Despite the promise of Lovelace’s tests, none of the participants ended up flying, and women would wait two more decades before getting their chance to blast off into space. After the Russians launched Sputnik in 1957, the space race that ensued became another proxy battle in the conflict between the United States and the Soviet Union, turning astronauts into de facto soldiers. Men, as they had always done, would go to the front lines. Women, the thinking went, were to be protected and kept away from the battlefield, even if it was inside a cramped capsule.
“The men go off and fight the wars and fly the airplanes and come back and help design and build and test them. The fact that women are not in this field is a fact of our social order,” said John Glenn, the first American to orbit the Earth, at a 1962 congressional hearing on gender discrimination at NASA, convened after much door-knocking in Washington by one of the members of Lovelace’s program, Jerrie Cobb. When the hearing took place, hiring discrimination on the basis of gender was two years away from being prohibited by law.
Some critics back then wondered how women could handle menstruation in microgravity, and whether exposure to radiation would affect fertility. The one and only report to come out of Lovelace’s program, published in 1964, noted that, although many women had passed strenuous testing, there were concerns about “the potential for the menstrual cycle to alter performance during space flight.” Spoiler: it doesn’t.
Other critics just made some really terrible jokes. “As for the ladies’ alleged ability to withstand boredom and confinement better than the man, I think there might be a number of harried husbands who have sat through long evenings listening to the wife’s recitations of the day’s activities, who have credentials in the area of tolerance and boredom,” said one NASA psychologist, according to Martha Ackmann’s book The Mercury 13: The True Story of Thirteen Women and the Dream of Space Flight. Wernher von Braun, a former Nazi and a NASA rocket engineer, said that male astronauts “are all for” allowing women to participate. He cited a quip from Robert Gilruth, the director of NASA’s aptly named Manned Spaceflight Center at the time. “As my friend Bob Gilruth says, we’re reserving 110 pounds of payload for recreational equipment.”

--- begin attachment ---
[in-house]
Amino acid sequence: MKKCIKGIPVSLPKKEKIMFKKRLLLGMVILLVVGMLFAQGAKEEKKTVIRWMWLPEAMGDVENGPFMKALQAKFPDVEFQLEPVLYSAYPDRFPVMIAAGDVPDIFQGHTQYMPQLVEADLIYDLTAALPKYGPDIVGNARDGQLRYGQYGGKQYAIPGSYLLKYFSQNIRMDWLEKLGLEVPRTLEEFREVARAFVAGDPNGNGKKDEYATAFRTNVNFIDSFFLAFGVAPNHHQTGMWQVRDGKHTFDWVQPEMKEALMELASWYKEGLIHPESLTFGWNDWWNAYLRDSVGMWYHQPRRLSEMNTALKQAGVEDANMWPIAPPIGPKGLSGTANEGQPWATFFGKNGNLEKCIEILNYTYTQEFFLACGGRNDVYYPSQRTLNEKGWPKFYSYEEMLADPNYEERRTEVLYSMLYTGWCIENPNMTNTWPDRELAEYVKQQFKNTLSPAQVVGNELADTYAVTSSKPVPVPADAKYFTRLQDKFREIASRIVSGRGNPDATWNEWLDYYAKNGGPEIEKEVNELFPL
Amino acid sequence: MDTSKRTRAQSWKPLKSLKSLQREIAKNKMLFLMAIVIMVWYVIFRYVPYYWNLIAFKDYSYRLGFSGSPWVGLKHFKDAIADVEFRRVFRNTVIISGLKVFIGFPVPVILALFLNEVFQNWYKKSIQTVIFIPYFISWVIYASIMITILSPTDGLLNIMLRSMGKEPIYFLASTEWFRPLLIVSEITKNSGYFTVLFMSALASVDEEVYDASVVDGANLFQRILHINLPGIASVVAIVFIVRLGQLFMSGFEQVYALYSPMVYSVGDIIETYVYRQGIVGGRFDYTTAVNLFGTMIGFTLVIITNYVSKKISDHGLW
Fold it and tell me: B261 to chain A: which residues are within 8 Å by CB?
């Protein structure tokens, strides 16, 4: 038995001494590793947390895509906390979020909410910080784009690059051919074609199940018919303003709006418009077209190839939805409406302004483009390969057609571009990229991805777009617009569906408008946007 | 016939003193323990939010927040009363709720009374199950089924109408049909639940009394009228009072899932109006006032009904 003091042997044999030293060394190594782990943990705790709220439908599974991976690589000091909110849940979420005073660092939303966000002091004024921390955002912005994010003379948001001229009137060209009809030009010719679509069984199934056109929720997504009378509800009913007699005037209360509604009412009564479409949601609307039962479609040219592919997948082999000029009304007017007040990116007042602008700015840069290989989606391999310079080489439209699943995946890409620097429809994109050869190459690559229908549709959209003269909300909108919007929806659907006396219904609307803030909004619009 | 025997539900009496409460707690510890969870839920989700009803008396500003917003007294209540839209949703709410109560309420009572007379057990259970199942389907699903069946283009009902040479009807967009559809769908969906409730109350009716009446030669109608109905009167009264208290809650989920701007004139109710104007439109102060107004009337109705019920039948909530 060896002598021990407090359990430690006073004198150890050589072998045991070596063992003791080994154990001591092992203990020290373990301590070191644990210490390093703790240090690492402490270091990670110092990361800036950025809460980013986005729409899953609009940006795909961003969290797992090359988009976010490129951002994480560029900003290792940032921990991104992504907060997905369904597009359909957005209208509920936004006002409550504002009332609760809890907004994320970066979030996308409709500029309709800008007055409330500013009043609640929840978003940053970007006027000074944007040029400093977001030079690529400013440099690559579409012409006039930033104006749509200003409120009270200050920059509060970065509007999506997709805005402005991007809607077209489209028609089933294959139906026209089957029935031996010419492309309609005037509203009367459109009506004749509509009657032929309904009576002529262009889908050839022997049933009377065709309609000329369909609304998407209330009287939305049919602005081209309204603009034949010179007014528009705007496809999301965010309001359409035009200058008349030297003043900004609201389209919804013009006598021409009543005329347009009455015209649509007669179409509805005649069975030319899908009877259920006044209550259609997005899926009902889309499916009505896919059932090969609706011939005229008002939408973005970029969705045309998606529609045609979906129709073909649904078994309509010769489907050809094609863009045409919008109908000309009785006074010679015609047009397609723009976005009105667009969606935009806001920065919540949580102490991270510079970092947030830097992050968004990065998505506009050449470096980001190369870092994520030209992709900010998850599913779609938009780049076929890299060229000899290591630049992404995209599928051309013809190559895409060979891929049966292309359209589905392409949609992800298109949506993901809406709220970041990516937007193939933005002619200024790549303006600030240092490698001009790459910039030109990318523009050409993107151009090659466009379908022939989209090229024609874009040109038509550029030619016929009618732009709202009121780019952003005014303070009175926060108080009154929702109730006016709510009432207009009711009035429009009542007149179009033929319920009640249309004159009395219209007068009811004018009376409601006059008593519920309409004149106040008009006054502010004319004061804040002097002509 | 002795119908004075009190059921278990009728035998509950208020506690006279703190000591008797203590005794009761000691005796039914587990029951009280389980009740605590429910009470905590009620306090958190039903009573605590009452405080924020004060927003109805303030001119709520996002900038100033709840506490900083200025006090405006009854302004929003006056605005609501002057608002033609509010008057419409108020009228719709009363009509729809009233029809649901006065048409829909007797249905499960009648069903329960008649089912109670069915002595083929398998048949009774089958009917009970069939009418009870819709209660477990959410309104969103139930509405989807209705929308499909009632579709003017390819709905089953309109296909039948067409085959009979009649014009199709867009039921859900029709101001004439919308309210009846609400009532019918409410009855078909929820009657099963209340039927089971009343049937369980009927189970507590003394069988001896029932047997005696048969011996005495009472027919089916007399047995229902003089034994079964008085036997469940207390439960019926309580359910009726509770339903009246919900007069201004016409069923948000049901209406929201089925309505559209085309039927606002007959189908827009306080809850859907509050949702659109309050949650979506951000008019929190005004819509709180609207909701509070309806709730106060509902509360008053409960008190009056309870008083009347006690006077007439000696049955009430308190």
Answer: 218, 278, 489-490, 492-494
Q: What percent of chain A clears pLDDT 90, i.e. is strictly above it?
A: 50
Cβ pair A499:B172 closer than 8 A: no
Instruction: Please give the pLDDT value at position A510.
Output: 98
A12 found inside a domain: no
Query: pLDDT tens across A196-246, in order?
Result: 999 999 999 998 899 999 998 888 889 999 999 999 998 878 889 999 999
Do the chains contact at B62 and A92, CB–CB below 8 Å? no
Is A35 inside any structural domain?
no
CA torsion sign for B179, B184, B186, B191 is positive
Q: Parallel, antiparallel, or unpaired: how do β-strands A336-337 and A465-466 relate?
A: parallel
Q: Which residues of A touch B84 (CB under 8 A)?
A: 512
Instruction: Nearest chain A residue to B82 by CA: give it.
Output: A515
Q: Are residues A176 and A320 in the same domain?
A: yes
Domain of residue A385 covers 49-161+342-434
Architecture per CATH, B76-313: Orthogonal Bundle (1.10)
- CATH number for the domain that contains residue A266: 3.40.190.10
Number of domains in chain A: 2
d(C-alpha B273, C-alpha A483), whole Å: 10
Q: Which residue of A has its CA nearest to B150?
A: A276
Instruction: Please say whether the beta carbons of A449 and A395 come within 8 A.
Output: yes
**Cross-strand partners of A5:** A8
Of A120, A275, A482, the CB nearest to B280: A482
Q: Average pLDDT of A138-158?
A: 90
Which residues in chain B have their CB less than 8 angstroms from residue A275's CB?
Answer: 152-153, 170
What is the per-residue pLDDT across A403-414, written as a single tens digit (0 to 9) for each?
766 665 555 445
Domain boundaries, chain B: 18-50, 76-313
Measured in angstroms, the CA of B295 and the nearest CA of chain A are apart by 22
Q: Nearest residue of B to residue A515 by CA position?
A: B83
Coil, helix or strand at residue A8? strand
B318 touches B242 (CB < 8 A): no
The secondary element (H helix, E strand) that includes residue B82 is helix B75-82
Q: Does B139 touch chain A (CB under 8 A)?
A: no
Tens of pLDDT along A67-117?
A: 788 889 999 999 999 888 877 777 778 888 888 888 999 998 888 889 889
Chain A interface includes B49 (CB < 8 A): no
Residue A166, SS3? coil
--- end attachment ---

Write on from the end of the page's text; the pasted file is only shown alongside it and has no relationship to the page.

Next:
A shift came in the late 1970s, when NASA was preparing to launch the first mission of the Space Shuttle program. The shuttle could carry more passengers than ever, which meant not everyone onboard had to be a military pilot. Scientists and doctors were welcome, too. There was a sense, Weitekamp says, that space was now for everyone, which meant that the shuttle crews needed to better reflect the country’s population. NASA selected its first female astronauts in 1978, and Ride made her historic trip five years later. But old habits die hard. When Ride returned from her historic mission, someone tried to hand her a bouquet of roses. She declined. “She was not interested in being treated differently than the rest of the members of her crew because she was the one woman on that mission,” Weitekamp said.
In the years since, research has shown that women may be more susceptible to certain health risks than men in space. Women are more likely to get urinary tract infections, and have a lower threshold for exposure to radiation, due to the risk of breast, ovarian, and uterine cancers. None of these factors have anything to do with their brains, temperaments, or abilities—the qualities that critics once cited as disqualifying.
To date, nearly 60 American women have flown in space. The latest class of NASA astronauts, selected in 2013, includes four women and four men. What’s most interesting, Weitekamp says, is not the gender parity. Two of the women have something the earliest female astronauts couldn’t: military backgrounds. One of them, Anne McClain, is an Army major who flew helicopters during combat missions in Iraq.
“She has a resume that puts her on par with what male candidates would have had access to a generation or so earlier,” Weitekamp said.
Women, Muslim Representation In India Further Dwindles After Polls